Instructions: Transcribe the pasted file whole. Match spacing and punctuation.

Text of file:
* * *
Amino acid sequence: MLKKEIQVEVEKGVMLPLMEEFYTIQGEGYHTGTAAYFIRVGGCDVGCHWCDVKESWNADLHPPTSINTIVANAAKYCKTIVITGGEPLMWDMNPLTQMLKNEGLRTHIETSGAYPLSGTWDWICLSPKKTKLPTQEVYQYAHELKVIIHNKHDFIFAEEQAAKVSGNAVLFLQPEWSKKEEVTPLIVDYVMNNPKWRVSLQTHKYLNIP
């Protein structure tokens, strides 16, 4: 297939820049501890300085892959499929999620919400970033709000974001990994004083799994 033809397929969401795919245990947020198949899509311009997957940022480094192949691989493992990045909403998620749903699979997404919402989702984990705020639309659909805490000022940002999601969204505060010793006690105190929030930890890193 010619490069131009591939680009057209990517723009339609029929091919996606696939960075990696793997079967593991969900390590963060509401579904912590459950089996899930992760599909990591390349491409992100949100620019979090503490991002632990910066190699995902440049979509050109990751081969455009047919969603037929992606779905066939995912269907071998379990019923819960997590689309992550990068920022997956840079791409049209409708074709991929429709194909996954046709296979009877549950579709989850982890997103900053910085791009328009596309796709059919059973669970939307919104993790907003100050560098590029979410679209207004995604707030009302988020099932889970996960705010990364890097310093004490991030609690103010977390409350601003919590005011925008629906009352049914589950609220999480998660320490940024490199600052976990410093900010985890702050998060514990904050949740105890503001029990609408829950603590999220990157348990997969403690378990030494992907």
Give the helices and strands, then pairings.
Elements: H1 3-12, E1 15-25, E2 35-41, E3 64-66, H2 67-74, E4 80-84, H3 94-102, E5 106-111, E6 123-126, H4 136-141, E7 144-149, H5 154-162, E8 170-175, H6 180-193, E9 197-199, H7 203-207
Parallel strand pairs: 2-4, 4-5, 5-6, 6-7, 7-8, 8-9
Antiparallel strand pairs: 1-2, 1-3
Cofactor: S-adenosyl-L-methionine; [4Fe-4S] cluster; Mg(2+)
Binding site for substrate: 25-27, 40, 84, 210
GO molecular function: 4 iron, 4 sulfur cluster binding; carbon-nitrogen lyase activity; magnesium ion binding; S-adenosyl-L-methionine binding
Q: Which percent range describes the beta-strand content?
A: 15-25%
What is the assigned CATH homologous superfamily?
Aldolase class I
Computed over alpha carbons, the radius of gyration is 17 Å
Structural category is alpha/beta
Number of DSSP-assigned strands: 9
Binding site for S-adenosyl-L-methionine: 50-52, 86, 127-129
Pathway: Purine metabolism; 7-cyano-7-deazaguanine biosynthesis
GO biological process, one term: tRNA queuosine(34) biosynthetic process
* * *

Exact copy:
Amino acid sequence: MLKKEIQVEVEKGVMLPLMEEFYTIQGEGYHTGTAAYFIRVGGCDVGCHWCDVKESWNADLHPPTSINTIVANAAKYCKTIVITGGEPLMWDMNPLTQMLKNEGLRTHIETSGAYPLSGTWDWICLSPKKTKLPTQEVYQYAHELKVIIHNKHDFIFAEEQAAKVSGNAVLFLQPEWSKKEEVTPLIVDYVMNNPKWRVSLQTHKYLNIP
């Protein structure tokens, strides 16, 4: 297939820049501890300085892959499929999620919400970033709000974001990994004083799994 033809397929969401795919245990947020198949899509311009997957940022480094192949691989493992990045909403998620749903699979997404919402989702984990705020639309659909805490000022940002999601969204505060010793006690105190929030930890890193 010619490069131009591939680009057209990517723009339609029929091919996606696939960075990696793997079967593991969900390590963060509401579904912590459950089996899930992760599909990591390349491409992100949100620019979090503490991002632990910066190699995902440049979509050109990751081969455009047919969603037929992606779905066939995912269907071998379990019923819960997590689309992550990068920022997956840079791409049209409708074709991929429709194909996954046709296979009877549950579709989850982890997103900053910085791009328009596309796709059919059973669970939307919104993790907003100050560098590029979410679209207004995604707030009302988020099932889970996960705010990364890097310093004490991030609690103010977390409350601003919590005011925008629906009352049914589950609220999480998660320490940024490199600052976990410093900010985890702050998060514990904050949740105890503001029990609408829950603590999220990157348990997969403690378990030494992907």
Give the helices and strands, then pairings.
Elements: H1 3-12, E1 15-25, E2 35-41, E3 64-66, H2 67-74, E4 80-84, H3 94-102, E5 106-111, E6 123-126, H4 136-141, E7 144-149, H5 154-162, E8 170-175, H6 180-193, E9 197-199, H7 203-207
Parallel strand pairs: 2-4, 4-5, 5-6, 6-7, 7-8, 8-9
Antiparallel strand pairs: 1-2, 1-3
Cofactor: S-adenosyl-L-methionine; [4Fe-4S] cluster; Mg(2+)
Binding site for substrate: 25-27, 40, 84, 210
GO molecular function: 4 iron, 4 sulfur cluster binding; carbon-nitrogen lyase activity; magnesium ion binding; S-adenosyl-L-methionine binding
Q: Which percent range describes the beta-strand content?
A: 15-25%
What is the assigned CATH homologous superfamily?
Aldolase class I
Computed over alpha carbons, the radius of gyration is 17 Å
Structural category is alpha/beta
Number of DSSP-assigned strands: 9
Binding site for S-adenosyl-L-methionine: 50-52, 86, 127-129
Pathway: Purine metabolism; 7-cyano-7-deazaguanine biosynthesis
GO biological process, one term: tRNA queuosine(34) biosynthetic process